As my taste buds themselves can attest, Ethiopian coffee is some of the finest and most prized coffee in the world. Until recently, these coffee-growing communities were often thought to be food-secure islands in a sea of persistent malnutrition, malaria and drought. Wrong. Now, coffee-growing areas, which make up more than 40 percent of the country, are in the midst of a “green famine.” A green famine happens when the market for a good, rather than the weather, has dried up the main source of income, leaving farmers with nothing to eat or sell.
And Ethiopia is not the only coffee-growing nation reaping a bitter harvest. In Colombia, low prices have forced many farmers in the homeland of Juan Valdez himself, the fictional icon of Columbian coffee, to turn to coca production, the source of cocaine. Also, the coffee crash is one of the largest causes of cross-border immigration, both legal and illegal, of Latin Americans entering the United States.
Other African coffee producers, namely Kenya and Uganda, are seeing the livelihoods of their coffee farmers decline to the point that they lose more money from the coffee market’s collapse each year than they currently receive in humanitarian assistance from developed countries.
How is it then, that if the price of a can of ground coffee at the supermarket continues to rise each year, some coffee growers in Ethiopia, Vietnam, and elsewhere are at risk of starving?
The answer is found in the centuries of entrenched inequity in the way coffee has historically been grown, sold and marketed. This raw deal, rooted in the colonial history of many coffee-growing countries, often leaves coffee growers with the smallest piece of the international coffee trade’s pie, making them and their families profoundly vulnerable to market fluctuations and crop failure.
Traditionally, coffee producers have sold their beans to middlemen — brokers who make their money by buying cheap and selling high. The middlemen sell the beans to the larger multinational brands such as Folgers and Maxwell House. Through this system, coffee farmers are denied the appropriate role they deserve in the sale of their product, thus failing to receive an adequate share in the profits made from their labor and land.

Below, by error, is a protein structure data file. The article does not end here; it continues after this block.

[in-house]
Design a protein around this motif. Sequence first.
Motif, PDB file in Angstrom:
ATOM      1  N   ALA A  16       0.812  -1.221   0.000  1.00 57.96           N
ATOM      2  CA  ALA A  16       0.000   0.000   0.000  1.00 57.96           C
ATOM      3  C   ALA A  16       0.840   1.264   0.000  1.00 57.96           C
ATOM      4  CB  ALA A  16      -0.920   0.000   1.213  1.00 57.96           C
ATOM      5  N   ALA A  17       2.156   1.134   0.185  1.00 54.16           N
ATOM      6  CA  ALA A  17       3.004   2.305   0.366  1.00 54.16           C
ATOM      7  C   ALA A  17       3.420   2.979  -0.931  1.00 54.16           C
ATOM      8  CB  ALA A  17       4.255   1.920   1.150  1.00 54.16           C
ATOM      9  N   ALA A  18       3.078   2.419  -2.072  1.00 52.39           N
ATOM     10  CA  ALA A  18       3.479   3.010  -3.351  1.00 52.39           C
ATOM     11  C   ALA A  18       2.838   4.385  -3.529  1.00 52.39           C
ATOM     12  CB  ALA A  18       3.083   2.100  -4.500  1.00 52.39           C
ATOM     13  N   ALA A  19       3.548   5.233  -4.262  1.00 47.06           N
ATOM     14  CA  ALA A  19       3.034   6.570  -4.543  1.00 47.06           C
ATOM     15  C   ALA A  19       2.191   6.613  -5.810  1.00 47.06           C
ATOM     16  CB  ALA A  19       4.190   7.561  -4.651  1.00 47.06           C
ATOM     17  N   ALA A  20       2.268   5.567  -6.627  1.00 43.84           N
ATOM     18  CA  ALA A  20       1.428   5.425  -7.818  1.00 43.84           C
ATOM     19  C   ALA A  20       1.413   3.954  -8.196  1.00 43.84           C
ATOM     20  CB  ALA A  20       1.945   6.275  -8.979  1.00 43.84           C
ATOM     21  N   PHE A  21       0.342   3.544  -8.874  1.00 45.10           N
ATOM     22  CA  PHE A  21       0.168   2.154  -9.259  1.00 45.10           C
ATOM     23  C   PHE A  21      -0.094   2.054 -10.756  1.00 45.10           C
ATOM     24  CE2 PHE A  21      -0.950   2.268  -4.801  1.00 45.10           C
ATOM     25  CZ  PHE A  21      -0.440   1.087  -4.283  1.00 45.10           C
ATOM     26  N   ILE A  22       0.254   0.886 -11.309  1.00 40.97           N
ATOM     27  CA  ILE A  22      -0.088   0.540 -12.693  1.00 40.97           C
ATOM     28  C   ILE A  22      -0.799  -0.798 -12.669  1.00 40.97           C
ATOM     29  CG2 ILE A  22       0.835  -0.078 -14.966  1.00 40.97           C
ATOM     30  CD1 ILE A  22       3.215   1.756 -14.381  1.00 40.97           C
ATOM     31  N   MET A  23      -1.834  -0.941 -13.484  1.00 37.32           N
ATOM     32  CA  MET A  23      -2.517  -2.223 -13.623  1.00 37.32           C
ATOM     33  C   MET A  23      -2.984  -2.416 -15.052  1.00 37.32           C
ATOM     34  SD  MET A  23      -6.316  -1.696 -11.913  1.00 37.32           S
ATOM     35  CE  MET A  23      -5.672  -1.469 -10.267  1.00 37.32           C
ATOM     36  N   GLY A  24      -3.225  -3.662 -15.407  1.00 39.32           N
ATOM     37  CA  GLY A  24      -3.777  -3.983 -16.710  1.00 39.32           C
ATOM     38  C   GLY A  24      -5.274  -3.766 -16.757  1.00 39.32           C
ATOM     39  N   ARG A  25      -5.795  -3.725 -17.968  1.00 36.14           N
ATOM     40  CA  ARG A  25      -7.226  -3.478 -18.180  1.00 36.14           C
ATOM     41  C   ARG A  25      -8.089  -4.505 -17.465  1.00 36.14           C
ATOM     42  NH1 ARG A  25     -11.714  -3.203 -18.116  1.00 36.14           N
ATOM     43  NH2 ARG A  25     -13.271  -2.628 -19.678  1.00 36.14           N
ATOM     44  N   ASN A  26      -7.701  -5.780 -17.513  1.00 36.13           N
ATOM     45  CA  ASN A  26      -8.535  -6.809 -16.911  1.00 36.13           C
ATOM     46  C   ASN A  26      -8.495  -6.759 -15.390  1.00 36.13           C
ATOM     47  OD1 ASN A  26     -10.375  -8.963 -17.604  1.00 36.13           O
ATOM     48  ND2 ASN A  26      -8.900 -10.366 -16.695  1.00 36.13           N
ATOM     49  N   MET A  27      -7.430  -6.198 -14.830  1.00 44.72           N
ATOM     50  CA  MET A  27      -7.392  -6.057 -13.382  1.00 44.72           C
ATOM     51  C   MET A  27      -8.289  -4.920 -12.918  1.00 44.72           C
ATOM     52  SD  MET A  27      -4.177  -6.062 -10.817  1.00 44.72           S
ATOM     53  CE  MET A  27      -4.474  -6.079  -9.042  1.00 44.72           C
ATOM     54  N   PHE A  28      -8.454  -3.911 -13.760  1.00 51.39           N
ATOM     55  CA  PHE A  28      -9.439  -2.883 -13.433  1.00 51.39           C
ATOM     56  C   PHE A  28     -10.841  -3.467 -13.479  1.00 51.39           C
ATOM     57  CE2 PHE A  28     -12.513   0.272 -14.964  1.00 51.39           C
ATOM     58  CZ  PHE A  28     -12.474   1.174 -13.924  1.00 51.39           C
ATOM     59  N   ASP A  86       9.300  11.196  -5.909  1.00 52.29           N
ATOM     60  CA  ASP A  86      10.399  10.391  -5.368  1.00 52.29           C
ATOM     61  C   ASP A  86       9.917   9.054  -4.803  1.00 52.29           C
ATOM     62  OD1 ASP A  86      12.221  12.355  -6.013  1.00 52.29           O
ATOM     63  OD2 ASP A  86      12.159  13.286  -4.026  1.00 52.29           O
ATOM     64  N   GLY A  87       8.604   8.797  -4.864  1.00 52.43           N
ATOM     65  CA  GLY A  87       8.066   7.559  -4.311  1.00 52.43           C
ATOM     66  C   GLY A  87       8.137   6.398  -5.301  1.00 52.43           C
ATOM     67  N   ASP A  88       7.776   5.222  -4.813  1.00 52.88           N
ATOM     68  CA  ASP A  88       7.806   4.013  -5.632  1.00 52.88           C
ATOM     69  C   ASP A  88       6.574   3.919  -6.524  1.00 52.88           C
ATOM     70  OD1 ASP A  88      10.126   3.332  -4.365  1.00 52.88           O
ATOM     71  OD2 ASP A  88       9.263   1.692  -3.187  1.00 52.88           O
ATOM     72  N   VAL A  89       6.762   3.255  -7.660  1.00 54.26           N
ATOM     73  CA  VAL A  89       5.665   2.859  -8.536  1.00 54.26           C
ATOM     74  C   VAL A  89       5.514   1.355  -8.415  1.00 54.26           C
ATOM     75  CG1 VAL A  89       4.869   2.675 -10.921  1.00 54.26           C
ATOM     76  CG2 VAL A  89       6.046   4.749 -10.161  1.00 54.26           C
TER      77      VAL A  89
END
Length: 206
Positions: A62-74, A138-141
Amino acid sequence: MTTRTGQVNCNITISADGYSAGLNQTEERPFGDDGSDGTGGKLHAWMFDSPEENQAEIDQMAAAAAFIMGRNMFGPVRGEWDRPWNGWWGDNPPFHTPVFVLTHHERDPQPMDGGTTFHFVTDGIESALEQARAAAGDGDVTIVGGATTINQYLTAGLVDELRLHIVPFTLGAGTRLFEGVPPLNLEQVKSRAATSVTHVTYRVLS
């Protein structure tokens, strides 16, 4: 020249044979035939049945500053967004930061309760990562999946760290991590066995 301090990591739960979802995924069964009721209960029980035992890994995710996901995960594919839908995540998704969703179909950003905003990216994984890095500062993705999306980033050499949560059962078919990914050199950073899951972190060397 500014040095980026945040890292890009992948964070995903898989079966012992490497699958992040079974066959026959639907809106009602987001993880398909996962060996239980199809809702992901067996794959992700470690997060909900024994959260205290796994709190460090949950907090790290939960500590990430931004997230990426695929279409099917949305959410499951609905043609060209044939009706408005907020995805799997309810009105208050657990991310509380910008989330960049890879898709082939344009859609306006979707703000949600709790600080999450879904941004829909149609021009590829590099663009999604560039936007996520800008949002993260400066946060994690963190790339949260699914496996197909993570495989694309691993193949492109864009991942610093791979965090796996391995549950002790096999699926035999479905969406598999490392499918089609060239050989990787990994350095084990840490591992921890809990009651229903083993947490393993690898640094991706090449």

The bulk coffee trade as it currently stands in many places keeps coffee farmers and their countries poor and reliant on international assistance. There is, however, an initiative working to change this: Fair Trade Labeling. Organizations International. The Fair Trade certification, offers hope for coffee growers from El Salvador to Indonesia to improve their lives in a meaningful and lasting way.
Members of the Oromia Coffee Farmers’ Cooperative Union (OCFU) in Ethiopia, for example, are already seeing the benefits of Fair Trade certification in a region that covers 40 percent of the country. Formed in 1999, the OCFU now exports its coffee directly from the nearly 22,000 local growers to major roasters and retailers, including Starbucks, Dean’s Beans, and Green Mountain Coffee Roasters.
Fair Trade certification, which guarantees a bottom-line price per pound, allows the middlemen and their auctions to become a thing of the past as profits are shared directly with growers — a percentage of which is communally invested in priorities identified by the community itself. The children in these villages in the Oromia region now go to school. The cooperative can purchase roasting and washing equipment to reduce costs and increase profits. And the growers receive a fair price that is certified by TransFair USA, a third-party certification service that ensures they get an equitable minimum price for their beans.
The growing desire among many consumers for Fair Trade coffees and the increasing pressure from activists for coffee retailers to improve their practices has caused big players in the industry to take notice. Recently, Dunkin’ Donuts announced that its new line of espresso beverages coming out in September would be brewed entirely from Fair Trade coffee beans. Also, two major coffee retailers are facing significant shareholder support for selling Fair Trade certified coffee.
Fully addressing the coffee crisis will not happen through Fair Trade certification alone, however, and concerted effort is needed from governments and corporations alike to make true reform of the coffee industry possible.
Coffee growers need technical assistance in making their coffee competitive to withstand swoons in the global market price. Governments in coffee-growing nations should help their farmers grow other crops, too, such as nuts, so farmers do not rely solely on coffee for their income, flooding the marketplace. All that said, real change does start with you, the consumer. And by making sure Fair Trade coffee goes into your cup, you can help make trade fair. S
For more information on the global coffee crisis and the Make Trade Fair campaign, go to www.oxfamamerica.org.
Nathaniel Raymond is a press officer at Oxfam America, an international relief agency, and was in Ethiopia earlier this year documenting the impact of drought and the drop in the global price of coffee on farming families
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